The words of the piece, taken from the work of the Venerable Bede (Benedictine monk, theological scholar, and native Northumbrian), reflect notions of the internal and external struggles of humanity throughout the course of life. There is an allegory of encountering a storm, before coming through it and going on in peace. Edmund Hunt, writing in a blog post for the Adopt a Composer scheme, described this process as ‘an ongoing journey from uncertainty and fear, through the storms and troubles of life, to a place of tranquillity’. In this sense, reordering and the process of emerging from a state of disorder is captured literally in the piece.
However, Halliday told me that he did not initially feel a connection with the words used in the piece, and that many of the texts they looked at ‘seemed too long, and felt objective and a bit cold for [him]’. It was only after time and the opportunity to become ‘better acquainted with the piece’ that the words began to seem ‘admirable’, according to Halliday. In this light composition and practice is an ongoing process of creating an order. The words seem alien in their original context, but given the new musical context they create a more meaningful emotional interaction. There is a constant conflict and disorder about the very act of reordering – the old text has been deconstructed in order to create a new and individually beautiful piece of art.
Looking at the piece in its wider context, I also want to consider how music as a form has the ability to imitate the processes of deconstruction and reordering; of progress, which is more often than not what disorder is a speculative attempt at instigating. The fabric of the composition reflects this, as it ebbs and flows and reforms – like the idea of revolution as being something which returns again and again. There are instances of this process within the structure of the piece. Halliday puts it that ‘all music is a balance of disorder and order, almost always with the piece resolving into order at the end.’ He points out the middle part of the piece as a particularly apt example of this rhythm of disorder and reorder. The ‘Tempestas’ begins with a ‘warning cry’ and eventually descends (literally, with the use of glissandi) through a stormy panic, before eventually ‘[resolving] beautifully’ in ‘peaceful, balanced phrases’. This then moves into what Hunt intended to be an imitation ‘of calmly lapping waves on the shore’ in the ‘Christus est stella matutina’. In this section, there is a transitory period of repose, of quietude between the turmoil and the final stage of Vita Hominum’s metamorphosis. The final stage of this transition is the ascent into a triumphant ‘Alleluia’, completing the movement from a place of sublime fear to one of sublime joy. This example, as pointed out to me, is one which magnifies the inner, hidden subtleties and nuances which music harbours: the change from dissonance to harmony; the final flourish of a cadence which ties a piece together and gives it its final shape.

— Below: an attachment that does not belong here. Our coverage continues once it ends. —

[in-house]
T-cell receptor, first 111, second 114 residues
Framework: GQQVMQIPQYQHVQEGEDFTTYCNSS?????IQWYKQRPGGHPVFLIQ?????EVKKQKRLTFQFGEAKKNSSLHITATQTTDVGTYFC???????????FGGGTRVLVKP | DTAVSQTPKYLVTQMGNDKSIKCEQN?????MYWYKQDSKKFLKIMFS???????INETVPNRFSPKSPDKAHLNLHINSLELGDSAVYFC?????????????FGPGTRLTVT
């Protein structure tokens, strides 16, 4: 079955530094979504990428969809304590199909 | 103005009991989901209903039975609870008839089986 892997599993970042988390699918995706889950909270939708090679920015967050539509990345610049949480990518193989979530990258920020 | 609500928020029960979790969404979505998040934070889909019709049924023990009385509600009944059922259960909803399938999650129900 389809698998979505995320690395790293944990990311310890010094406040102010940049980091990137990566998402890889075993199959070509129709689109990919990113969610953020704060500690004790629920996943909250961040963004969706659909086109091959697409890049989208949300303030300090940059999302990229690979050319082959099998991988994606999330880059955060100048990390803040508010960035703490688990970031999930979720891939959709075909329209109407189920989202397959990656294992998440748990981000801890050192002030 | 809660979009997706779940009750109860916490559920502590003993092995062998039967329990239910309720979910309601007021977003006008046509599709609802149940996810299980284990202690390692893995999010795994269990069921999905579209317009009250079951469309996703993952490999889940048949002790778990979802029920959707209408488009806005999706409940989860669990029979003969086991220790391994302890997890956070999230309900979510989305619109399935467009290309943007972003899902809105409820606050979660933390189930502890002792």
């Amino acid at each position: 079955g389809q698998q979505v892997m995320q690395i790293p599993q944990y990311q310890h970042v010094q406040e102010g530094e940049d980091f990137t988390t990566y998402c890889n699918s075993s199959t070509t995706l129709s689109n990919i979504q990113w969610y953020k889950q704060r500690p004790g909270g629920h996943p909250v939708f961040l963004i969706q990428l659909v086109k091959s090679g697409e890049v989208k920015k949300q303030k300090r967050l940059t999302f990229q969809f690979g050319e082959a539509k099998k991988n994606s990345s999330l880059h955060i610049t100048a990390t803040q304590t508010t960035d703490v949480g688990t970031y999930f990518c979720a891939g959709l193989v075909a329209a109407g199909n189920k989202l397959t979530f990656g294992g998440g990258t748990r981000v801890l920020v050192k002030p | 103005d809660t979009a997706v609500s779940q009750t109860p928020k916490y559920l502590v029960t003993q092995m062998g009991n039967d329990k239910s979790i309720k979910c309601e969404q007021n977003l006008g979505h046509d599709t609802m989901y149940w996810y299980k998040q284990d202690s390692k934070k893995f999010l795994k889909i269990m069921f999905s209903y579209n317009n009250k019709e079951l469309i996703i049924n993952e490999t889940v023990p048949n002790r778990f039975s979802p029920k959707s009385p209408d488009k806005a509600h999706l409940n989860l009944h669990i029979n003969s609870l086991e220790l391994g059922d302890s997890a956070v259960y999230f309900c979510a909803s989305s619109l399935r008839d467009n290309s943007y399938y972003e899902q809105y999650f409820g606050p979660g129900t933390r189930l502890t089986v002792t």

Where Vita Hominum transgresses in this respect, though, is its refusal to completely grant that final solace. Both the actual music and the structure of the piece maintain a sense of disturbance which won’t quite go away. I share this notion with Halliday, who says, ‘I am not so sure the tranquillity at the end of the piece is completely assured. The solo quartet sings the words ‘deo gratias’ several times with different harmonies. The last ends on a fifth based on G combined with a tritone based on C – it’s soft, but hardly tranquil!’ There is, then, still something not entirely settled. Even without close analysis of the end of the piece, it is easy to identify how striking – jarring even – it is to finish the final movement with such a glaring sense of incompletion. The flow seems to be heading towards another period of peace before a final, glorious celebration, yet instead the voices end on a phrase of uncertainty. The disorder is suspended. A reordering is implied but not realised.
The effect of this is a sense of the ongoing flux of order and disorder, in which there is no final destination. Vita Hominum masterfully encapsulates the subtle, ephemeral essence of order within its captivating use of musical light and shade. It ends at a liminal space between the two realms of clarity and mystery, giving the piece a unique resonance in keeping with its turbulent themes.